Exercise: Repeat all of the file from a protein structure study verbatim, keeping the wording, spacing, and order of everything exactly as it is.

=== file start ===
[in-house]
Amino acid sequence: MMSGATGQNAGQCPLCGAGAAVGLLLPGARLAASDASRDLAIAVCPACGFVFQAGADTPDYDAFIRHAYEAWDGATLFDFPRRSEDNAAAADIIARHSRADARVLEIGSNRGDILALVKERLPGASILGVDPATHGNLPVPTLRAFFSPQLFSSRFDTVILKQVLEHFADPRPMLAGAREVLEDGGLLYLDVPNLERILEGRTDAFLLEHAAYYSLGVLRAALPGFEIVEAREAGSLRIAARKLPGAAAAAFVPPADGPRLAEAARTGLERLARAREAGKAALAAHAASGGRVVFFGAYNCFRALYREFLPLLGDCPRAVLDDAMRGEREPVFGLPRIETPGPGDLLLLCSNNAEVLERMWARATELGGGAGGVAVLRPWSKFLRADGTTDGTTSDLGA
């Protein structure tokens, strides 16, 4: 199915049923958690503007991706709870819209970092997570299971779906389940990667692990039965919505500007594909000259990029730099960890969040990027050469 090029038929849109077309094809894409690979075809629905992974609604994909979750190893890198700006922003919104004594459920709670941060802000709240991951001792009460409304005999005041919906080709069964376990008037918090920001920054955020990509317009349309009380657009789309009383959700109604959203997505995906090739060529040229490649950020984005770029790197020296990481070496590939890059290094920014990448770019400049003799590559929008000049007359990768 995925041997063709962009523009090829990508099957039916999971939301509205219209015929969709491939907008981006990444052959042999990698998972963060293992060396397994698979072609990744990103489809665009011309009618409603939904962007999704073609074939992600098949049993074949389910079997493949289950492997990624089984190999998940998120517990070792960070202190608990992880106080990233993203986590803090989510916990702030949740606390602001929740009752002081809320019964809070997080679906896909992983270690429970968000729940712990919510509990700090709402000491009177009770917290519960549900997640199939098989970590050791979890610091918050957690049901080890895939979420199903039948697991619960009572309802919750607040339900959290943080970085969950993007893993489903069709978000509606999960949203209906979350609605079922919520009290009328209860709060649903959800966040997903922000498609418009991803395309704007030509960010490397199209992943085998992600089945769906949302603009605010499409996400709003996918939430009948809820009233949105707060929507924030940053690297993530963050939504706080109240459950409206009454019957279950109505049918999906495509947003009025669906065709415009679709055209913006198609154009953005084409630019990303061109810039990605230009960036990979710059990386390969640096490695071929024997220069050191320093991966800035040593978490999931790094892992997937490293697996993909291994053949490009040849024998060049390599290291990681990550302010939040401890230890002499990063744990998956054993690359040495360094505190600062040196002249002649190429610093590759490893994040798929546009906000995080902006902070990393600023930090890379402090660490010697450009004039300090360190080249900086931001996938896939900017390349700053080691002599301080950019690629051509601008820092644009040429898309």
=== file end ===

[in-house]
Amino acid sequence: MMSGATGQNAGQCPLCGAGAAVGLLLPGARLAASDASRDLAIAVCPACGFVFQAGADTPDYDAFIRHAYEAWDGATLFDFPRRSEDNAAAADIIARHSRADARVLEIGSNRGDILALVKERLPGASILGVDPATHGNLPVPTLRAFFSPQLFSSRFDTVILKQVLEHFADPRPMLAGAREVLEDGGLLYLDVPNLERILEGRTDAFLLEHAAYYSLGVLRAALPGFEIVEAREAGSLRIAARKLPGAAAAAFVPPADGPRLAEAARTGLERLARAREAGKAALAAHAASGGRVVFFGAYNCFRALYREFLPLLGDCPRAVLDDAMRGEREPVFGLPRIETPGPGDLLLLCSNNAEVLERMWARATELGGGAGGVAVLRPWSKFLRADGTTDGTTSDLGA
């Protein structure tokens, strides 16, 4: 199915049923958690503007991706709870819209970092997570299971779906389940990667692990039965919505500007594909000259990029730099960890969040990027050469 090029038929849109077309094809894409690979075809629905992974609604994909979750190893890198700006922003919104004594459920709670941060802000709240991951001792009460409304005999005041919906080709069964376990008037918090920001920054955020990509317009349309009380657009789309009383959700109604959203997505995906090739060529040229490649950020984005770029790197020296990481070496590939890059290094920014990448770019400049003799590559929008000049007359990768 995925041997063709962009523009090829990508099957039916999971939301509205219209015929969709491939907008981006990444052959042999990698998972963060293992060396397994698979072609990744990103489809665009011309009618409603939904962007999704073609074939992600098949049993074949389910079997493949289950492997990624089984190999998940998120517990070792960070202190608990992880106080990233993203986590803090989510916990702030949740606390602001929740009752002081809320019964809070997080679906896909992983270690429970968000729940712990919510509990700090709402000491009177009770917290519960549900997640199939098989970590050791979890610091918050957690049901080890895939979420199903039948697991619960009572309802919750607040339900959290943080970085969950993007893993489903069709978000509606999960949203209906979350609605079922919520009290009328209860709060649903959800966040997903922000498609418009991803395309704007030509960010490397199209992943085998992600089945769906949302603009605010499409996400709003996918939430009948809820009233949105707060929507924030940053690297993530963050939504706080109240459950409206009454019957279950109505049918999906495509947003009025669906065709415009679709055209913006198609154009953005084409630019990303061109810039990605230009960036990979710059990386390969640096490695071929024997220069050191320093991966800035040593978490999931790094892992997937490293697996993909291994053949490009040849024998060049390599290291990681990550302010939040401890230890002499990063744990998956054993690359040495360094505190600062040196002249002649190429610093590759490893994040798929546009906000995080902006902070990393600023930090890379402090660490010697450009004039300090360190080249900086931001996938896939900017390349700053080691002599301080950019690629051509601008820092644009040429898309």